It’s been more than 25 years since the Japanese television series “Neon Genesis Evangelion” first debuted, but a steady stream of merchandising, collaborations and a revamped tetralogy film mean its legacy remains strong.
And now, with the long-awaited final installment of the Rebuild of Evangelion film series slated for release on January 23, there is a buzz among fans of the growing.
After being delayed from summer 2020 due to coronavirus infection, “Evangelion: 3.0 + 1.0: Thrice Upon A Time” comes more than eight years after the third film “Evangelion: 3.0 You Can (Not) Redo,” a was the fourth-highest domestic film in Japan for 2012, generating approximately 5.3 billion yen ($ 51 million) in box office sales.
Procurement photo showing Tadashi Sudo, a freelance writer and journalist in the field of animation. (Image courtesy of Tadashi Sudo) (Kyodo)
Tadashi Sudo, a journalist in the field of animation who founded the editorial website “Anime! Anime!” in 2004, says part of Evangelion’s ongoing interest lies in how well it communicates with fans.
“You not only see it, but it also makes you think about it even after seeing it. With the creators continuing to deliver unique events, collaborations and other entertainment. from the series, it always feels close to you, ”said Sudo, now a freelance writer who co – authored an industry report released annually by the Japanese Animal Society.
Set 15 years after a global cataclysm, Evangelion sets out around a teenage boy – Shinji Ikari – who is summoned by his father, the leader of a secret group called NERV, to pilot the giant titular robots humanoid in the fight against alien creatures known as “Angels.”
Much of the story takes place in Tokyo-3, a post-apocalyptic fortified city under which NERV is built, and famous among fans for being located in Hakone, Kanagawa Prefecture.
Since a special map was released in June 2009 for Evangelion’s “anime pilgrims”, the city has embarked on a range of collaborations to cater for fans including the creation of decals. bus, conventional permit blades, and, more recently, redesigning a public toilet.
The toilet, made in February 2020 to resemble an observation center built in secret by NERV, sits in Kintoki Park in Sengokuhara district with a mountain circle, a Tokyo-3 nucleus.
The photo provided shows an Evangelical-themed toilet that opened in February 2020 in the Sengokuhara district of Hakone, Kanagawa Prefecture. (Photo courtesy of Hakone town office) (Kyodo)
With the TV series added to the Netflix streaming line from June 2019, Evangelion continues to capture a new generation of fans around the world.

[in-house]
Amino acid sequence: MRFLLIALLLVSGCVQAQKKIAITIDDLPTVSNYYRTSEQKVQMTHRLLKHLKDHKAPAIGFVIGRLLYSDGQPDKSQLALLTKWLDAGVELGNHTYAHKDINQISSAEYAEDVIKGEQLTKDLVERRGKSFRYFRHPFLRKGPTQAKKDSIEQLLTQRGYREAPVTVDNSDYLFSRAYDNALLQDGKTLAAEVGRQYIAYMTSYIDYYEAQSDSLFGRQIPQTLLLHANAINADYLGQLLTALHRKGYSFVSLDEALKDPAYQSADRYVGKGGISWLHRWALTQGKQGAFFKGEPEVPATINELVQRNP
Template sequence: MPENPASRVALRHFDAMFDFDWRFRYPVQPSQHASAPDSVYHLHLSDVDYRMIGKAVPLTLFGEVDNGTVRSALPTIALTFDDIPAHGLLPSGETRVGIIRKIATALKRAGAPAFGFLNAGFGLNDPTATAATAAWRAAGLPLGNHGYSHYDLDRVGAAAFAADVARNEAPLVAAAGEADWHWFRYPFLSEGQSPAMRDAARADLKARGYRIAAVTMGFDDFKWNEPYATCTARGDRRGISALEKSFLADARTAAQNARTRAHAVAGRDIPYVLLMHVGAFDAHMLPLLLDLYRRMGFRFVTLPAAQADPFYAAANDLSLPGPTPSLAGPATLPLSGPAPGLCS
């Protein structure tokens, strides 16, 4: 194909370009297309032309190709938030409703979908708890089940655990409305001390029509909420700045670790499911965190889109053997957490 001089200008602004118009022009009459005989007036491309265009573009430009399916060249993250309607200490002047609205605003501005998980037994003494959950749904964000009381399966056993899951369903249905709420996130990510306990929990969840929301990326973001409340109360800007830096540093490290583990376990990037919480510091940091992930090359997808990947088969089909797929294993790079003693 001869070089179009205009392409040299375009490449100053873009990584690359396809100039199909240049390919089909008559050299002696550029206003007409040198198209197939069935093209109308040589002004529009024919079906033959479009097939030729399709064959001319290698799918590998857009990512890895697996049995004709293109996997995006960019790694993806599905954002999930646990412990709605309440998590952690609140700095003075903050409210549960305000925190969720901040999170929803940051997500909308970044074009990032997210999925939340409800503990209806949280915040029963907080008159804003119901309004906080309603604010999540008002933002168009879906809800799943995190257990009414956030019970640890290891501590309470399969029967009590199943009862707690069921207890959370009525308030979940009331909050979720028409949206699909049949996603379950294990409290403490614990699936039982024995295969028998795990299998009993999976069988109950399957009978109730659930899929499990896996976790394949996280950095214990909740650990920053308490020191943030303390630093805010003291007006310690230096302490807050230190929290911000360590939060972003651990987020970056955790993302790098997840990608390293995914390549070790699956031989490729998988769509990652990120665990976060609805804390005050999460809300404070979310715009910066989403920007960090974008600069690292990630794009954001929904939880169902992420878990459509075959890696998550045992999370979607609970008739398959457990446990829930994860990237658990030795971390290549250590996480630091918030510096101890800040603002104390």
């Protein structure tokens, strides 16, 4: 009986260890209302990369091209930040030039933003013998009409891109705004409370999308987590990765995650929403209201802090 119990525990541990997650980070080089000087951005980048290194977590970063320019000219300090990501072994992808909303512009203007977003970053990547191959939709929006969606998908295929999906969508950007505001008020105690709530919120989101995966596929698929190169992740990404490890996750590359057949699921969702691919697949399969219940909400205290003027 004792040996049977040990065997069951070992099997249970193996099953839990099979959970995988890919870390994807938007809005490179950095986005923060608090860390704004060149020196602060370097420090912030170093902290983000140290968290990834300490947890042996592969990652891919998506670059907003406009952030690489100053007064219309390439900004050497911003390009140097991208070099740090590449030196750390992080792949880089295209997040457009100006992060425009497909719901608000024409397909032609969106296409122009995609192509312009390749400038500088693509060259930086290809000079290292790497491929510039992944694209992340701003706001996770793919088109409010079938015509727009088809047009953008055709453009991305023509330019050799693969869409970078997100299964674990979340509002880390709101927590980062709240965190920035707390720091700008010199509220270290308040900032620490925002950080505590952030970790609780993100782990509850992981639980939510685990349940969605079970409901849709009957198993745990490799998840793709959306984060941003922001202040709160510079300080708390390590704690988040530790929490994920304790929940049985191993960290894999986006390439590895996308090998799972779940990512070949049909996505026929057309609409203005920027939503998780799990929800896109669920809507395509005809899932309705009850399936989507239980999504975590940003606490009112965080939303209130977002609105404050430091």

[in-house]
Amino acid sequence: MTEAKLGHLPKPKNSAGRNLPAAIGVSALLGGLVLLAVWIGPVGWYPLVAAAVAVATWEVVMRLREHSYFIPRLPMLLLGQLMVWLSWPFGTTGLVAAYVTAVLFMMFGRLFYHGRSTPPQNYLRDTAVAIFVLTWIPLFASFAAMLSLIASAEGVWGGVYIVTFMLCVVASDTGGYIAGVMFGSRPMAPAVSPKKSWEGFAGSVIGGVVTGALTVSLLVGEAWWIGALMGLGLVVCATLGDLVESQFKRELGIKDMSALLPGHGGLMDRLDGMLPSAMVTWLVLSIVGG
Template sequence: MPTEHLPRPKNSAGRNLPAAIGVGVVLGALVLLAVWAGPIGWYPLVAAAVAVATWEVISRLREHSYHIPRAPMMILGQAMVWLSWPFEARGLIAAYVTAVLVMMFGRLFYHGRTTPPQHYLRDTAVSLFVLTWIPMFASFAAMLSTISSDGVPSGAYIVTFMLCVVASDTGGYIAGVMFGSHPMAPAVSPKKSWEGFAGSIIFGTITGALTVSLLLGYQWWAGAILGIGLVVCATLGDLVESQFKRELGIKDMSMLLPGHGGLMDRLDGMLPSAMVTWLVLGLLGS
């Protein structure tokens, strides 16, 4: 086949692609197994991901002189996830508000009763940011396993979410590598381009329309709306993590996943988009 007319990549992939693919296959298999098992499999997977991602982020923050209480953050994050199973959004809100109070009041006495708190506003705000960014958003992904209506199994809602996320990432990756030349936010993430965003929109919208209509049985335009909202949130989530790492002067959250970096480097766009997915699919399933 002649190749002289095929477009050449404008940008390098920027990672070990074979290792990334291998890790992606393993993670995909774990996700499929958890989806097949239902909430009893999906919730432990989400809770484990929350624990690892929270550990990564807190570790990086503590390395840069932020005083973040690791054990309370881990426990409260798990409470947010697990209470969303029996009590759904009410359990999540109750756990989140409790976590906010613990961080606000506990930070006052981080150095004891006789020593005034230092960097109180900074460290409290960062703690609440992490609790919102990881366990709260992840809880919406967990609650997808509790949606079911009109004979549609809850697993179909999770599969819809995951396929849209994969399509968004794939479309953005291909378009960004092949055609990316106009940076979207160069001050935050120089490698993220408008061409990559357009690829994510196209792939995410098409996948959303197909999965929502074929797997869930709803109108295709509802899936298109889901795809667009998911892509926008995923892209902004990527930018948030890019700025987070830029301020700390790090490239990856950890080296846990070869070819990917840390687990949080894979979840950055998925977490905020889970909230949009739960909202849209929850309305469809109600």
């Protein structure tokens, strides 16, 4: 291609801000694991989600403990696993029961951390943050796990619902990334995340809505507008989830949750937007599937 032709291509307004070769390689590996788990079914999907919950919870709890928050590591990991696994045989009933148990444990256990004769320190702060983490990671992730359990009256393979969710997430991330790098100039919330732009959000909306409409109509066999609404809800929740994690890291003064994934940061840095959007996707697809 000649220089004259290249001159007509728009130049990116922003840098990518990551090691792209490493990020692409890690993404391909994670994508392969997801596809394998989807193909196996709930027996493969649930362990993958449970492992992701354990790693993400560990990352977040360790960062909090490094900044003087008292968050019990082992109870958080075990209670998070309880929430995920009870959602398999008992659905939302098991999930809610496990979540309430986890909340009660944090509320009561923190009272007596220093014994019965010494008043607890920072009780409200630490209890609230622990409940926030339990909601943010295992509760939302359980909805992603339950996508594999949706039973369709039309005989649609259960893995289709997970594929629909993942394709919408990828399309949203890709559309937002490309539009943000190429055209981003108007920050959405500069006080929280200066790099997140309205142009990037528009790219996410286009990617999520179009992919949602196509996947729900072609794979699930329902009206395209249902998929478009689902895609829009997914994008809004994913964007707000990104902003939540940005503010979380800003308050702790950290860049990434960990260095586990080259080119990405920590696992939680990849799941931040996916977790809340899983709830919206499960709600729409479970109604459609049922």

Ryudo Nakakura, a former NHK nominee as a freelance journalist and anime researcher, turned down his enduring appeal by saying that Evangelion – or Eva as it is known – broke le aficionados – the model set by mainstream robot anime works in the 1990s to immerse viewers in a deeper meaning.
“I believe Eva brought a new style to the Japanese anime world. As director (Hideaki) Anno later said, his passionate desire to do something about the anime industry came to a head at the time and his brilliant ideas came to fruition. with the release of Eva, and that really attracted anime fans, “he said.
Nakakura, which now watches more than 300 anime series a year and has aired at anime events in Taiwan and China, says the series’ appeal is boiling down to three main elements: unique characters, the enigmatic robots called Evas and, most importantly, a plot full of immeasurable twists.
A provided photo shows Ryudo Nakakura, a former NHK journalist a freelancer and anime researcher. (Image courtesy of Ryudo Nakakura) (Kyodo)
“Shinji was far from the usual image of a hero, but it was just because it wasn’t perfect that viewers could sympathize with his emotional turmoil and get into the story,” he said.
Revealing how the uncertainties make it inspiring to see the story go beyond expectations, Nakakura said, “These elements ultimately work to create a feeling of dissatisfaction throughout The whole series which is hard to explain. “
To build excitement for the new film, production studio khara Inc. the three films that have already been released – which ended in 2007, 2009, and 2012 respectively – 4D Remedies at 82 theaters in Japan in December, with the usual editions also scrambled at the one time at 373 theaters nationwide.
“The new Evangelion films use the latest animation technology, such as 3DCG, to intensify scenes and introduce new elements to the story, making it timeless and attracting new fans. it ‘s amazing, “said Hisashi Maeda, 38, the anime column that accompanies the moniker” maeQ. “
But while Maeda watches every film with great interest, he admits that he still prefers the original 26-program series, the masterpiece of director Hideaki Anno under the anime studio Gainax Co. Anno later founded khara in 2006, which produced the revamped Evangelion films and now regulates the copyright of the old series.
Maeda half-heartedly claims to be “Shinji Ikari’s generation,” when he turned 14 – the same age as the main character – when the TV series first debuted in Japan in 1995. He claims the show as the “dark knight” of pop culture for the time, lifting fans from going with its story, design and production techniques.
“Many in the animation industry today say they (Evangelion) inspired them to become anime creators. If it weren’t for Evangelion, the pool of talented anime creators would be much smaller than it is. There may be fewer anime fans. That ‘s how much Gospel has influenced people and times, “Maeda said.
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